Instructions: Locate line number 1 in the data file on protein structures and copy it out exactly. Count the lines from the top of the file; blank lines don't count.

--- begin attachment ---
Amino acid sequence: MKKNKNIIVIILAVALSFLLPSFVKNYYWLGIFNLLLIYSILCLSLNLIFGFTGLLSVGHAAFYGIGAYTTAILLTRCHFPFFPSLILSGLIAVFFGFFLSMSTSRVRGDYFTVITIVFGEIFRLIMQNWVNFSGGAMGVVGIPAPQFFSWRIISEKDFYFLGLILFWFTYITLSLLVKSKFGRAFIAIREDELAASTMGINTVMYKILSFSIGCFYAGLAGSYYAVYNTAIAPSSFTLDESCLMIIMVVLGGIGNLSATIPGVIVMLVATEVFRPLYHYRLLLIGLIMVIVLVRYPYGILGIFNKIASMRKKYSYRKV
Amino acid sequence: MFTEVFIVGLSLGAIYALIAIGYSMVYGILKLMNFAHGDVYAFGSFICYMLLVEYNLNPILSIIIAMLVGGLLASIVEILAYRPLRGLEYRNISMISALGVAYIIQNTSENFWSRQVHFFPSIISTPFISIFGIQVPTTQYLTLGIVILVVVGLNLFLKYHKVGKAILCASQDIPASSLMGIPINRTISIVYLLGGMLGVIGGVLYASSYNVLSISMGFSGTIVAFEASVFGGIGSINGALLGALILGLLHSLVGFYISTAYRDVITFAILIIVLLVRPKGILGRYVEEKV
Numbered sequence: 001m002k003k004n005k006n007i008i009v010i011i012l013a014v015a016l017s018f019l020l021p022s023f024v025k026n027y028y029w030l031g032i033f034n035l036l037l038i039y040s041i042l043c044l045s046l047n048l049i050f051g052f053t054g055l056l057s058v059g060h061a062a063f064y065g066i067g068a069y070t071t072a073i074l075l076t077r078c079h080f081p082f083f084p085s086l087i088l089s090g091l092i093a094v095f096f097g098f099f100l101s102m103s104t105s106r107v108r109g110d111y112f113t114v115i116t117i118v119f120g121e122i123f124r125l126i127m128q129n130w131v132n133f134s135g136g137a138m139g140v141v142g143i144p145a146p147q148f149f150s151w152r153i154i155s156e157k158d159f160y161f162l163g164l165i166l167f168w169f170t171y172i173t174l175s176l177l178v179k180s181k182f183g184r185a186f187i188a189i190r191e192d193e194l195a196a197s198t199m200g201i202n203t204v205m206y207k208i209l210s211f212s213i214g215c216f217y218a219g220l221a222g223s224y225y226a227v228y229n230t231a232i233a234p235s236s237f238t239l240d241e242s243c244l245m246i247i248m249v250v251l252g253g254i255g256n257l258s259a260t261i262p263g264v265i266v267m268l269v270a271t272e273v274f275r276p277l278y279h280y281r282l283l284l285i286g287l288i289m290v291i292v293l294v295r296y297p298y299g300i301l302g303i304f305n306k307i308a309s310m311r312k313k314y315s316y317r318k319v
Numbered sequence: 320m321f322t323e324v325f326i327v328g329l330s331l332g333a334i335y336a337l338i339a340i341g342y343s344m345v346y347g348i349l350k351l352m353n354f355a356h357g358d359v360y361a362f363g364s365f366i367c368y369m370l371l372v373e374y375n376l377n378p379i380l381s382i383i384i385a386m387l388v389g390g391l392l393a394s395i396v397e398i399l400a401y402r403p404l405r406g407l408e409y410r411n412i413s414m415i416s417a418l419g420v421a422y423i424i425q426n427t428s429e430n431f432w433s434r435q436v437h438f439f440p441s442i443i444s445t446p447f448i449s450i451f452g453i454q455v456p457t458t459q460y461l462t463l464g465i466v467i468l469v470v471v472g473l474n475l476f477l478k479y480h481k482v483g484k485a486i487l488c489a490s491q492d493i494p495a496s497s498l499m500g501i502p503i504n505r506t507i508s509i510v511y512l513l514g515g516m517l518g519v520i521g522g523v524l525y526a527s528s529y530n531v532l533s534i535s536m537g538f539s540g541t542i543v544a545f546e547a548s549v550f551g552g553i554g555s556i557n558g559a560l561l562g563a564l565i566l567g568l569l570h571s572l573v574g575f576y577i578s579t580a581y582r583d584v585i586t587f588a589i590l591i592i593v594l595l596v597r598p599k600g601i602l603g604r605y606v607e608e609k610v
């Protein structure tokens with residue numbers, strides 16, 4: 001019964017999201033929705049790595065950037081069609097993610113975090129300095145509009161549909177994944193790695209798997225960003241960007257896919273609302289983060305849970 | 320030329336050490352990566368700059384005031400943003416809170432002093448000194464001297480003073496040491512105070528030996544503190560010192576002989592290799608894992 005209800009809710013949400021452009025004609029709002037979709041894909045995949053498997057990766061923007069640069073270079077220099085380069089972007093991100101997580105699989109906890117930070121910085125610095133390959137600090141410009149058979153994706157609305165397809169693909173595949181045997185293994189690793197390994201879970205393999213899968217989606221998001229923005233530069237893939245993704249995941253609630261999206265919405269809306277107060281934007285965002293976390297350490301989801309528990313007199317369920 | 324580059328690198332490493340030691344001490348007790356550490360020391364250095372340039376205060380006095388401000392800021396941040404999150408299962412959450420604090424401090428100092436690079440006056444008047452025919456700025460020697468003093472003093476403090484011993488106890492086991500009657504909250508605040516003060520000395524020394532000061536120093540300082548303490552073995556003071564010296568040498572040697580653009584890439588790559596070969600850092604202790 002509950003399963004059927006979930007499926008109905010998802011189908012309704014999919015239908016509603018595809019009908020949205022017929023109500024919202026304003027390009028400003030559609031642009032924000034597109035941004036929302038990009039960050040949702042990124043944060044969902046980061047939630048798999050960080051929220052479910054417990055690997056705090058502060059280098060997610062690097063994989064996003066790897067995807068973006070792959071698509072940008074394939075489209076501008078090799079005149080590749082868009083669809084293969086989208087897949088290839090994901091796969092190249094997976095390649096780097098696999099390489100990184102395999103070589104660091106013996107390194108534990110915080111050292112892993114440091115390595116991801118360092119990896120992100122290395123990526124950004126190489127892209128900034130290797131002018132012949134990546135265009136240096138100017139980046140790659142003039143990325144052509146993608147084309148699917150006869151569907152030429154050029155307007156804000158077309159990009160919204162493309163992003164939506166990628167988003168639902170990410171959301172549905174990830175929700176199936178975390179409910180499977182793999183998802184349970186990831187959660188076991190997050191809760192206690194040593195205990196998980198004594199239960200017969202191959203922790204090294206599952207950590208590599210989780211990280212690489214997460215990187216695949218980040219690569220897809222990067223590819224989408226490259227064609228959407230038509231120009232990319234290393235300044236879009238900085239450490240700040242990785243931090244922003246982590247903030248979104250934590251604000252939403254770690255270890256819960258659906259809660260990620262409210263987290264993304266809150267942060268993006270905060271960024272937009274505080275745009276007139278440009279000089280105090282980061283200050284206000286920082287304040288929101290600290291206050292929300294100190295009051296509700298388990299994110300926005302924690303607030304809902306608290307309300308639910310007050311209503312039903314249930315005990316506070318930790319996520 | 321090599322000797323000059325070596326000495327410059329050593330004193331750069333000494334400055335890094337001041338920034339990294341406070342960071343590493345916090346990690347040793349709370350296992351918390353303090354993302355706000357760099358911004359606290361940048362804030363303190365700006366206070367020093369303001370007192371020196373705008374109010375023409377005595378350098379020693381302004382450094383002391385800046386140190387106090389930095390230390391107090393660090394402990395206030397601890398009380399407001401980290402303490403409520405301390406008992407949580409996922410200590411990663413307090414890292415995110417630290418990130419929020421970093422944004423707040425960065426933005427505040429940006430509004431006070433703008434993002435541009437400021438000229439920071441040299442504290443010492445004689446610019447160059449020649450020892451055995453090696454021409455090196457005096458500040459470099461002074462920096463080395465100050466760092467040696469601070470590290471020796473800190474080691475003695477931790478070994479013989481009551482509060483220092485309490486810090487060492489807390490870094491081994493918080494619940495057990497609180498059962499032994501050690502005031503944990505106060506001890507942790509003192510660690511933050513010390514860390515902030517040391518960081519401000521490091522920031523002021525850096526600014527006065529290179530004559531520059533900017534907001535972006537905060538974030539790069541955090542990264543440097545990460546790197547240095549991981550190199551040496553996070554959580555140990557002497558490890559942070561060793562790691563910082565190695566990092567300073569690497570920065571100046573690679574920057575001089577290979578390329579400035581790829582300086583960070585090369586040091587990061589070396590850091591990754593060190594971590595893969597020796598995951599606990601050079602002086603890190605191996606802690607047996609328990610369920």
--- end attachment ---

Amino acid sequence: MKKNKNIIVIILAVALSFLLPSFVKNYYWLGIFNLLLIYSILCLSLNLIFGFTGLLSVGHAAFYGIGAYTTAILLTRCHFPFFPSLILSGLIAVFFGFFLSMSTSRVRGDYFTVITIVFGEIFRLIMQNWVNFSGGAMGVVGIPAPQFFSWRIISEKDFYFLGLILFWFTYITLSLLVKSKFGRAFIAIREDELAASTMGINTVMYKILSFSIGCFYAGLAGSYYAVYNTAIAPSSFTLDESCLMIIMVVLGGIGNLSATIPGVIVMLVATEVFRPLYHYRLLLIGLIMVIVLVRYPYGILGIFNKIASMRKKYSYRKV